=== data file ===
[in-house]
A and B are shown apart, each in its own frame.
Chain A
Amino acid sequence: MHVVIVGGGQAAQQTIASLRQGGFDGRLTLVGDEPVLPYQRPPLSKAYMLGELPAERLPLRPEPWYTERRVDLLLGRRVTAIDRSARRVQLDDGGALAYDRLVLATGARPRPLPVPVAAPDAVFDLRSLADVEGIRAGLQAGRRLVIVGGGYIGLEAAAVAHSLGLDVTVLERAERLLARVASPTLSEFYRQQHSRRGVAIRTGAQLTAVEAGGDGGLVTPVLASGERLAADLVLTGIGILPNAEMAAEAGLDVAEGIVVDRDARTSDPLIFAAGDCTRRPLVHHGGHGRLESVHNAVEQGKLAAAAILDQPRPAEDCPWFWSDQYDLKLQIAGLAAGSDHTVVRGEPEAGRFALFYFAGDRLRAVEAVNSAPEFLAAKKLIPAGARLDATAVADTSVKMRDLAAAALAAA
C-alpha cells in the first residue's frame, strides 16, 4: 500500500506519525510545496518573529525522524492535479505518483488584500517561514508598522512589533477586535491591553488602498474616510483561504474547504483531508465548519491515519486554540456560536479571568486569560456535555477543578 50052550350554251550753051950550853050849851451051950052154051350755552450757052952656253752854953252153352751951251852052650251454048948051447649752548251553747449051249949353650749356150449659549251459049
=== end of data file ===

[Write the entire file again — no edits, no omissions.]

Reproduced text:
[in-house]
A and B are shown apart, each in its own frame.
Chain A
Amino acid sequence: MHVVIVGGGQAAQQTIASLRQGGFDGRLTLVGDEPVLPYQRPPLSKAYMLGELPAERLPLRPEPWYTERRVDLLLGRRVTAIDRSARRVQLDDGGALAYDRLVLATGARPRPLPVPVAAPDAVFDLRSLADVEGIRAGLQAGRRLVIVGGGYIGLEAAAVAHSLGLDVTVLERAERLLARVASPTLSEFYRQQHSRRGVAIRTGAQLTAVEAGGDGGLVTPVLASGERLAADLVLTGIGILPNAEMAAEAGLDVAEGIVVDRDARTSDPLIFAAGDCTRRPLVHHGGHGRLESVHNAVEQGKLAAAAILDQPRPAEDCPWFWSDQYDLKLQIAGLAAGSDHTVVRGEPEAGRFALFYFAGDRLRAVEAVNSAPEFLAAKKLIPAGARLDATAVADTSVKMRDLAAAALAAA
C-alpha cells in the first residue's frame, strides 16, 4: 500500500506519525510545496518573529525522524492535479505518483488584500517561514508598522512589533477586535491591553488602498474616510483561504474547504483531508465548519491515519486554540456560536479571568486569560456535555477543578 50052550350554251550753051950550853050849851451051950052154051350755552450757052952656253752854953252153352751951251852052650251454048948051447649752548251553747449051249949353650749356150449659549251459049